E!’s ‘Glambot’ finishes another awards season — what how does it work?

E!’sGlambot” has made its rounds through another awards season — showing up at the Golden Globes, Grammys and, most recently, the Oscars — but what is this technology and how does it work?

First, it’s worth noting that the Glambot isn’t new to this awards season — E! first start using it in 2016 at major awards ceremonies. 

When showing Glambot shots, viewers are typically treated to super high-quality shots of an actor — which can be slowed down and sped up as well as repeated as needed.

The main purpose of the Glambot is to showcase the actor’s red carpet wardrobe — with shots typically including wide views as well as different angles as the actor moves around while the shot is filmed.

The hardware that makes the Glambot possible is a high tech robotic base known as the Bolt High Speed Cinebot, from Marc Roberts Motion Control. The robot itself can be outfitted with a 4K ultra high definition camera that typically shoots at 10,000 frames per second — compared to more common rates of 24, 25, 30 or even 60.

Not only does the high-quality camera resolution capture crisp, clear images but the extremely high frame rate captures every nuance of movement that is necessary to slow the shots down.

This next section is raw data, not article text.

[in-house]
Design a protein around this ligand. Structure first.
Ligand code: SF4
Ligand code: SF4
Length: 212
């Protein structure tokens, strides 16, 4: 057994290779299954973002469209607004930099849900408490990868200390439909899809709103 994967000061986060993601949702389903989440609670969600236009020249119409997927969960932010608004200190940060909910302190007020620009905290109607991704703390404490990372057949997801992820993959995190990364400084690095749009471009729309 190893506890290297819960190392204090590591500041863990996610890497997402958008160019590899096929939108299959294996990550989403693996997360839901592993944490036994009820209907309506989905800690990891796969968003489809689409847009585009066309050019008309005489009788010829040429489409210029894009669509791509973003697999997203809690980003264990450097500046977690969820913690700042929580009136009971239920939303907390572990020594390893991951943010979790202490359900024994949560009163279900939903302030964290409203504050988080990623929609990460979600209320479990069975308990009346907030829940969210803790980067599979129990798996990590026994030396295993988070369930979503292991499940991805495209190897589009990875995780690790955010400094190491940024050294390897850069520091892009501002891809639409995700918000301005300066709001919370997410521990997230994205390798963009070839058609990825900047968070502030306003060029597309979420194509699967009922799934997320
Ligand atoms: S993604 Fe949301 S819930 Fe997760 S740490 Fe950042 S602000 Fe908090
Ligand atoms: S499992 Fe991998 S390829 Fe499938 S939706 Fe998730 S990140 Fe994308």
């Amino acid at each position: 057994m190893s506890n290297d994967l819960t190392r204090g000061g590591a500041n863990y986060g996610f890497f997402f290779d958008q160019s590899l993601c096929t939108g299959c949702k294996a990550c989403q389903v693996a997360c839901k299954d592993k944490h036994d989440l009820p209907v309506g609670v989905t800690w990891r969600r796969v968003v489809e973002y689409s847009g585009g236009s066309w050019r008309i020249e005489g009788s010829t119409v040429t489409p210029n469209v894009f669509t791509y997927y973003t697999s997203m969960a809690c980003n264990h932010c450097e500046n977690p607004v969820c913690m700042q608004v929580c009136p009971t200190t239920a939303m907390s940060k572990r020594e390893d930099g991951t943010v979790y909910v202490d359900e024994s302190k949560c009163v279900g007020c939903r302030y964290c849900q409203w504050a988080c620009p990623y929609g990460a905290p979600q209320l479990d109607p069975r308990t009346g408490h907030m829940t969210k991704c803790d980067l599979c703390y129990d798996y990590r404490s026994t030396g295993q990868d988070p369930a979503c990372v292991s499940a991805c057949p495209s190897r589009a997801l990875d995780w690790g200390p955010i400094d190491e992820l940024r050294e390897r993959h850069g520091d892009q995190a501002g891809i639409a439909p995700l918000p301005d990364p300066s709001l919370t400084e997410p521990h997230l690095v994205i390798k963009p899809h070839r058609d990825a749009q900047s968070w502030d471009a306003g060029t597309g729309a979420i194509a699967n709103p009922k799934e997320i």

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Lady Gaga’s GlamBot BTS at the Golden Globes! This #DirectxEffect brings us to the 2 minutes it took to shoot Gaga’s epic GlamBOT at the Globes! As you can see from the video, she is super sweet and kind (even thanked me for doing the GlamBOT waaaaaa!?) I’m pretty sure she remembers me from the Grammy’s as we had a decent length discussion last time on how to best shoot her, but even if she didn’t, she was warm and humble which essentially makes her the best!! Congrats on her win, and hopefully I can catch her at the Grammy’s this year! (Also, still so stoked that the GlamBot was her only story post from the Globes! 🙌🏼 🙌🏼 🙌🏼) #GlamBot #GoldenGlobes #LadyGaga @ladygaga

A post shared by Cole Walliser (@colewalliser) on

The robot used to create Glambot shots is also designed to be used a variety of other film and television production situations where precise control over movement is needed to obtain elaborate shots — or shots that will ultimately be combined with carefully synchronized visual effects. 

Previous awards show coverage included a setup that involves a ring of cameras that an actor would stand in the middle of, allowing networks to capture a 360 view of the actor’s wardrobe. 

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